• This. Witcher 3 is the bar by which every RPG should set its goals at this point.

      • Why fear? If anything this is a good thing. That we’re willing to hold games to such a high standard and expect it.

        People just mix up good with fun. Just because a game isn’t a literary masterpiece doesn’t mean I can’t enjoy it. I personally enjoy a lot of games which are frivolous and stupid in design…

      • the hilarious thing would be if Cyberpunk 2077 doesn’t equal or exceed Witcher 3… assuming we hear anything about it within the next decade

      • Witcher 3 is 10X the RPG that Andromeda is on 1/3 the budget.
        It is absolutely pathetic that Bioware, with the nigh-infinite funding of EA can’t make an RPG of half the quality of a bunch of Slavs that are paid in Vodka and potatoes.

  • It’s not on par with some of previous BioWare murder investigations such as the Skinner Murderer in the Bridge District of BG2 or even the other murder case on Dantooine in KOTOR either.

  • You might want to put spoilers on this, some people have not done it yet perhaps … minor as it is.

  • Eh, I’m with the author on this.
    When this quest started I expected actual investigation. My mind kept going back to the exact murder investigation quest he talks about from KOTOR and how by comparison I was just following quest markers and interacting with whatever was at the end of them.
    I also immediately thought at the conclusion of the quest “Attempted murder is still a thing right? this guy should still be in a LOT of trouble” but he acts like he’s in the clear.

    • Yeah I was surprised by the logical “still attempted murder” option missing. So I exiled him…. Now in old Bioware this would have a flow on effect later in the game…. It would be nice but I’m not expecting one….

  • Wow. We’re overthinking video games now. It’s a simple, early side quest. What do people expect?

    • Having played previous Bioware games and many other RPGs from other studios like Obsidian with murder investigation sidequests? Something more. Murder investigations like this – especially when couched in something as grand as ‘the first murder in a new galaxy’ make for great storytelling and just so little was done compared to the potential inherit to the premise.

  • The only thing I didn’t like about that quest was that the decision was either ‘Exile him’ or ‘Release him’, which seemed like a stupidly black or white response to a very grey area, considering what actually happened. I was relieved a little bit when they said he would get community service but it seemed like a bit of a slap on the wrist to me.

    However a little while later I found him sitting in the cryo bay, preparing to go back to sleep because he was being shunned by everyone and his wife ended up leaving him when he told her he HAD infact tried to kill his friend. Karma’s a bitch I guess…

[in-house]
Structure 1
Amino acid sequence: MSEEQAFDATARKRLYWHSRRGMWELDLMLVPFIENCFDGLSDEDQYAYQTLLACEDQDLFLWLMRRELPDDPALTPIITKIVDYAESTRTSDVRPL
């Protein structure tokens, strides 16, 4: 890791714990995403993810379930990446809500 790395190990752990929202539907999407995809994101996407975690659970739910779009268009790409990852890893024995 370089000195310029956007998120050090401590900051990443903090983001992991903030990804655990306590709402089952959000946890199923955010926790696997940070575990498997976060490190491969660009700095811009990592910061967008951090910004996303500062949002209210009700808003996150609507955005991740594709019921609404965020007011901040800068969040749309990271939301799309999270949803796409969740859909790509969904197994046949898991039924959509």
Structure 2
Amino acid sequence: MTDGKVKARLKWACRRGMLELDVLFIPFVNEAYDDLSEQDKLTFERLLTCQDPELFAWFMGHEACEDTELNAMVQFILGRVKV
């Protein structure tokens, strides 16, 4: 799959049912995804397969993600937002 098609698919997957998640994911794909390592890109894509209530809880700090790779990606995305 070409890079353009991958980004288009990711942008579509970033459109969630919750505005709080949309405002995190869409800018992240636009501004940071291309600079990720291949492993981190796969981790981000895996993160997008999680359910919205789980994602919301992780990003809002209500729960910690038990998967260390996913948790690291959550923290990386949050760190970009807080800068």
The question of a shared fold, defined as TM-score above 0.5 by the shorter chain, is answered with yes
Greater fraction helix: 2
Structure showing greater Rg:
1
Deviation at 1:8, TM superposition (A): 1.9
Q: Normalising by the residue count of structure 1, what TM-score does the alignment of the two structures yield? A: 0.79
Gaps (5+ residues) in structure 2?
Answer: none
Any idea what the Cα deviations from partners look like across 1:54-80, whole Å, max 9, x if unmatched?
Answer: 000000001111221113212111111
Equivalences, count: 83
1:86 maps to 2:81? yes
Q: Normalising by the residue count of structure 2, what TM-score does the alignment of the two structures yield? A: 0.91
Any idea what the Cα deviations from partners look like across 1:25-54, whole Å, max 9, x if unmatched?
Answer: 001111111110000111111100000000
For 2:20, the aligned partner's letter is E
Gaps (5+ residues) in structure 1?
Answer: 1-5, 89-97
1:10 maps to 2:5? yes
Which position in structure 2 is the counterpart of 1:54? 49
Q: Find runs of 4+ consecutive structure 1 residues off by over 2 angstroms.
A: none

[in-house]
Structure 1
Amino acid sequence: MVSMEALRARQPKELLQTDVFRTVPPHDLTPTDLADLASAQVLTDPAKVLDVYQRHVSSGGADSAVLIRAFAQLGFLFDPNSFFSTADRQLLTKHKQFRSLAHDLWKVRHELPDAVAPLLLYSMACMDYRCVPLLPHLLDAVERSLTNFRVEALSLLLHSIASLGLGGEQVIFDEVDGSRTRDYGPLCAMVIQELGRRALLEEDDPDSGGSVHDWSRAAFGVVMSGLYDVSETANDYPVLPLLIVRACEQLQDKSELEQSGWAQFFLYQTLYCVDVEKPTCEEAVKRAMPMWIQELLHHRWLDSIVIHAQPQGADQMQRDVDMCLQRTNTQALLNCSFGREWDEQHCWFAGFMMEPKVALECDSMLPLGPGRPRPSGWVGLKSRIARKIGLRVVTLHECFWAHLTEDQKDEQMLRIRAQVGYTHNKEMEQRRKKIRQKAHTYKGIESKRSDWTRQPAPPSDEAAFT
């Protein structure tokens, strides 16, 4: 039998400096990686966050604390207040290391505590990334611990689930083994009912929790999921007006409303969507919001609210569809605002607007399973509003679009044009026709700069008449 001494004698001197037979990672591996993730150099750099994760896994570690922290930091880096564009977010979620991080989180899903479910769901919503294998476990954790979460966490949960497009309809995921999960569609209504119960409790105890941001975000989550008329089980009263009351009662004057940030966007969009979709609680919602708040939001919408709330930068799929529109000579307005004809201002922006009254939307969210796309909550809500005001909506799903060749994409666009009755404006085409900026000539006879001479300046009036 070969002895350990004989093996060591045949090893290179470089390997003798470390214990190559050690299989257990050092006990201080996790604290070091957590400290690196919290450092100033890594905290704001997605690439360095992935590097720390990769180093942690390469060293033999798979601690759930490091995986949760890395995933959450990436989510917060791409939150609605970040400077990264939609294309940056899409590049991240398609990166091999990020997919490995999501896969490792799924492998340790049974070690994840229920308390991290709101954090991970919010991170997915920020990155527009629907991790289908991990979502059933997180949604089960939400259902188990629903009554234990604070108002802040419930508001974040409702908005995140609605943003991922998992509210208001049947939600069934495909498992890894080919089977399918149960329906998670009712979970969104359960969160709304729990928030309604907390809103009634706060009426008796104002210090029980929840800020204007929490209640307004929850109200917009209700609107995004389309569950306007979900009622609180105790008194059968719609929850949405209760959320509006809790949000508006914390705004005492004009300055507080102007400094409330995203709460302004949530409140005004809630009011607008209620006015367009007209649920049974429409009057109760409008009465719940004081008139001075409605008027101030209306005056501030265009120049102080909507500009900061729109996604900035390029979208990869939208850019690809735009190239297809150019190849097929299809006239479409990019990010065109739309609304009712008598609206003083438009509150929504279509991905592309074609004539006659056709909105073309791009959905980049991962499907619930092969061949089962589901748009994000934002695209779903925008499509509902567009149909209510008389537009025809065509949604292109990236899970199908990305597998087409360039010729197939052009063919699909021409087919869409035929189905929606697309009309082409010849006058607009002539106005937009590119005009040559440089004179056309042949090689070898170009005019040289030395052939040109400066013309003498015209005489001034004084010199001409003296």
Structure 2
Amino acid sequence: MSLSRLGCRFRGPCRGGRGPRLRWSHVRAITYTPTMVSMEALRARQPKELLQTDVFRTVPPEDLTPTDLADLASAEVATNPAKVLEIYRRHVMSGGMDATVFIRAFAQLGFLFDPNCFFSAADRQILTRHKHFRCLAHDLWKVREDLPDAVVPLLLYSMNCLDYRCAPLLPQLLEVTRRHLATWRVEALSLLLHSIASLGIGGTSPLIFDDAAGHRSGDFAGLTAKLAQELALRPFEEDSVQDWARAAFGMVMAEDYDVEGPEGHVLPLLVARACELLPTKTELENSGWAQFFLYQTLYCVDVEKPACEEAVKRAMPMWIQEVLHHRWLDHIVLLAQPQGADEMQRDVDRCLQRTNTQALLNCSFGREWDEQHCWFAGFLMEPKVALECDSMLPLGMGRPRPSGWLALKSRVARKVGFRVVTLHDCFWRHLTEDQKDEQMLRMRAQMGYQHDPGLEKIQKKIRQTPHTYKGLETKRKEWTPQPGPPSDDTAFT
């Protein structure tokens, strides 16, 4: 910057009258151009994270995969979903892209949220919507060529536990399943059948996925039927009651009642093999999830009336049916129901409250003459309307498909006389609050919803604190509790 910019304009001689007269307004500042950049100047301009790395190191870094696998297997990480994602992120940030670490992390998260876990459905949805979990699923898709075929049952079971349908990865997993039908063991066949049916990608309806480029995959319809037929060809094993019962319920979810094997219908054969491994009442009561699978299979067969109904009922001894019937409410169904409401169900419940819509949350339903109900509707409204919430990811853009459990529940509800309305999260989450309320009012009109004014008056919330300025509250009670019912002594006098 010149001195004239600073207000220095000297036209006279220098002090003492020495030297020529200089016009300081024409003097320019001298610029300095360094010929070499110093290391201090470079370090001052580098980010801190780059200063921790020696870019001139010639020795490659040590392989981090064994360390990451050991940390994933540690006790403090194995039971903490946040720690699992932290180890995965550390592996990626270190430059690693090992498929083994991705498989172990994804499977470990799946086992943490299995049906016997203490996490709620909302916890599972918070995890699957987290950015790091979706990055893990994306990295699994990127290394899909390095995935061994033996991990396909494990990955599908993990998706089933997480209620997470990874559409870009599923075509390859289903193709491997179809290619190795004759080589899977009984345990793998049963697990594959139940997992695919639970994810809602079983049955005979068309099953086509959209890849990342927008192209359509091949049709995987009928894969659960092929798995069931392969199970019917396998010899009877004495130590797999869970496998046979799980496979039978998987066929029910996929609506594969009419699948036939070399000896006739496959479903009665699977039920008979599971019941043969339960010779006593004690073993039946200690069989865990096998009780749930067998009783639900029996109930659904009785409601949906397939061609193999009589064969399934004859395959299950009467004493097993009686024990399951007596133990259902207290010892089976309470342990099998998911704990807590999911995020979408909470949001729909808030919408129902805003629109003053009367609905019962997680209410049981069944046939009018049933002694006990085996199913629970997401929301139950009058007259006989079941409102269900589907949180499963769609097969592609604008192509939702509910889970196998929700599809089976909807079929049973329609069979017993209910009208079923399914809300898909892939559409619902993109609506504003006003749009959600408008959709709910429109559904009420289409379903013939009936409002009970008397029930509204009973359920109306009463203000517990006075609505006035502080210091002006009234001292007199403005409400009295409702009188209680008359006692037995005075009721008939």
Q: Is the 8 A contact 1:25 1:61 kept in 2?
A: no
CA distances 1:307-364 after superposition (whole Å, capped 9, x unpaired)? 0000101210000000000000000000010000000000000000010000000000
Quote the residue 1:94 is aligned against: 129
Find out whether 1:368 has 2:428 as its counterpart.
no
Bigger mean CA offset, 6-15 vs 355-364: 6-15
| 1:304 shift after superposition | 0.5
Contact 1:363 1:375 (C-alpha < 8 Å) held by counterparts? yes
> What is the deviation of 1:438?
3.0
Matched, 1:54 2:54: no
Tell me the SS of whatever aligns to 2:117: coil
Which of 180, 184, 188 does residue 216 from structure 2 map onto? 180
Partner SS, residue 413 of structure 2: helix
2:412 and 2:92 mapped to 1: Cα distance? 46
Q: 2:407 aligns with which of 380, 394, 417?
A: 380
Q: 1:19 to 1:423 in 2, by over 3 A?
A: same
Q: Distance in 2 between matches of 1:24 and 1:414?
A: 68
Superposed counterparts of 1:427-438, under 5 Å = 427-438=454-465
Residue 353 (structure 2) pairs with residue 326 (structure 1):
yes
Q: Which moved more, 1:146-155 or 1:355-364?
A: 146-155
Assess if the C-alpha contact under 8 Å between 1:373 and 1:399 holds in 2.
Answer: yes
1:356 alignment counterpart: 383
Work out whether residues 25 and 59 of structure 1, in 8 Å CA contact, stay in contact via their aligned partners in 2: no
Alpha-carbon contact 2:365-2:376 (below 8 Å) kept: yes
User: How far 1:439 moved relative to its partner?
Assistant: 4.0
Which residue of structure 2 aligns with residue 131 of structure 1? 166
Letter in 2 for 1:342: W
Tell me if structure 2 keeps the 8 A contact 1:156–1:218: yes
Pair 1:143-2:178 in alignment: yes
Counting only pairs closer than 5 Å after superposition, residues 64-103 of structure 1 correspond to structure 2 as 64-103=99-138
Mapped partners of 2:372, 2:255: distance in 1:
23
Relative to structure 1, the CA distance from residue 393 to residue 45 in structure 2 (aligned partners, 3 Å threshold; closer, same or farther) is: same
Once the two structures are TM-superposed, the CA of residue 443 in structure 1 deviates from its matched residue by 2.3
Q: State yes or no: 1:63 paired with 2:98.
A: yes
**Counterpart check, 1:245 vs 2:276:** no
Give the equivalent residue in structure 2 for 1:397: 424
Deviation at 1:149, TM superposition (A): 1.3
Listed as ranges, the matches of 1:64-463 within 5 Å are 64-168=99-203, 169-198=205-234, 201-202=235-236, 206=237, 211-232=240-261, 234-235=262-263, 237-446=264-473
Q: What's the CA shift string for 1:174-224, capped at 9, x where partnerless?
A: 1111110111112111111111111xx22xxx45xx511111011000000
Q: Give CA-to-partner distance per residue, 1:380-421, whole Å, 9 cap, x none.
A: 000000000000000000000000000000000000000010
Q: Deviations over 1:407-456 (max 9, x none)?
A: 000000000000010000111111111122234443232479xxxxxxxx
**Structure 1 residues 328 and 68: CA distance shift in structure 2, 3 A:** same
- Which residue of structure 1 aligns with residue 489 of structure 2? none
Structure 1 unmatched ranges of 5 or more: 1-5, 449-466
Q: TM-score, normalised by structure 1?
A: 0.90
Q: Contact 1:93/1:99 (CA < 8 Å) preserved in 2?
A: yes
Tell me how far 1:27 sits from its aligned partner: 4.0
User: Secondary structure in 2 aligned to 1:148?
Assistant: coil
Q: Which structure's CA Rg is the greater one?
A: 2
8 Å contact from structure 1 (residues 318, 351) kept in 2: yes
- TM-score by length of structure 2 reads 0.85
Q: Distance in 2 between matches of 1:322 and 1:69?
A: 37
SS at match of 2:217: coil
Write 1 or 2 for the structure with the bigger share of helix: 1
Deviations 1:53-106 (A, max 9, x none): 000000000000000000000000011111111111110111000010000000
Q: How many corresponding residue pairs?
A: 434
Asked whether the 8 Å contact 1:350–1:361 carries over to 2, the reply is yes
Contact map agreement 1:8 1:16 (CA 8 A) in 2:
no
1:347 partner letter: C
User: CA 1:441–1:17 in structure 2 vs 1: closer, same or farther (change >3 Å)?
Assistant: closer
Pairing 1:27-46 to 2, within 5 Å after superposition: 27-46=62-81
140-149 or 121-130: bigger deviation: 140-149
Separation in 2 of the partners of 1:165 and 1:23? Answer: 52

• It’s just a side quest. There have been a couple of really good ones. But most are… side quests. I don’t expect them to be anything great, and it’s nice when they are.

    I believe the phrase “I expected it to be…” has ruined this franchise for so many people, which is a shame… but then, I’d be reticent to pick up a copy of Fallout 5 based on the previous title, so I suppose I can’t talk…

    • I think you are on the money with the “expected it to be” comment. I am enjoying the game immensely but I kept my expectations in check. They went only so far as “it is a bioware game and it will have clunky elements based off it’s DnD roots”. It would be nice to believe it to be better than 3 on an arc of improvement but by that same logic, the godfather 3 should be a phenomenal movie when it definitely wasn’t.

      • Hahaha indeed. And “Godfather: Miami” will almost certainly be fucking transcendent 😉

        Note, that’s not actually a thing… I hope.

  • Anyone who thinks he gets off free and feels free, go to the Cryo Bay in the med room. thats all imma say.

  • I am near the end-game now and I have to say it becomes a total slog after you have colonized the planets. Poor mission structure sees you chasing cookie crumbs across the same places you’ve already experienced and then returning to the quest giver spot (usually on another planet altogether), so you travel, yet again, across many unskippable animations.

    Worse still EA’s grubby mitts can be felt on the game, because at the end all of the missions are just waves and waves of relentlessly dull enemies my already OP character dispatches easily. Even worse than the crummy quest navigation and repetition though is that the game has slowed to a crawl everywhere (planets, the ship, Nexus) at least on the PS4 anyway, it’s like it’s trying to load everything across all planets at once, massive performance hit that is beyond frustrating.

    I was this games biggest supporter, but despite how beautiful it was to look at, the tedium of its open world and the huge unnecessary space between locations – was something I put up with to experience the epic and ambitious highs Bioware lovingly crafted into the plot (mostly the individual squad members missions, which are not only a highlight, but try different game-play elements), but by the final vault and ending priority missions I was pretty numb to the ‘go here scan this click this’ boredom that regressed the game in every way as it did not evolve or try anything new. Can’t be bothered finishing it now, because I have to ‘wait’ for the main plot to activate (aka do more generic side-missions), no thanks.

  • During this quest I thought mostly about how “The First Murderer in Andromeda” would be a great name for a Prog Rock concept album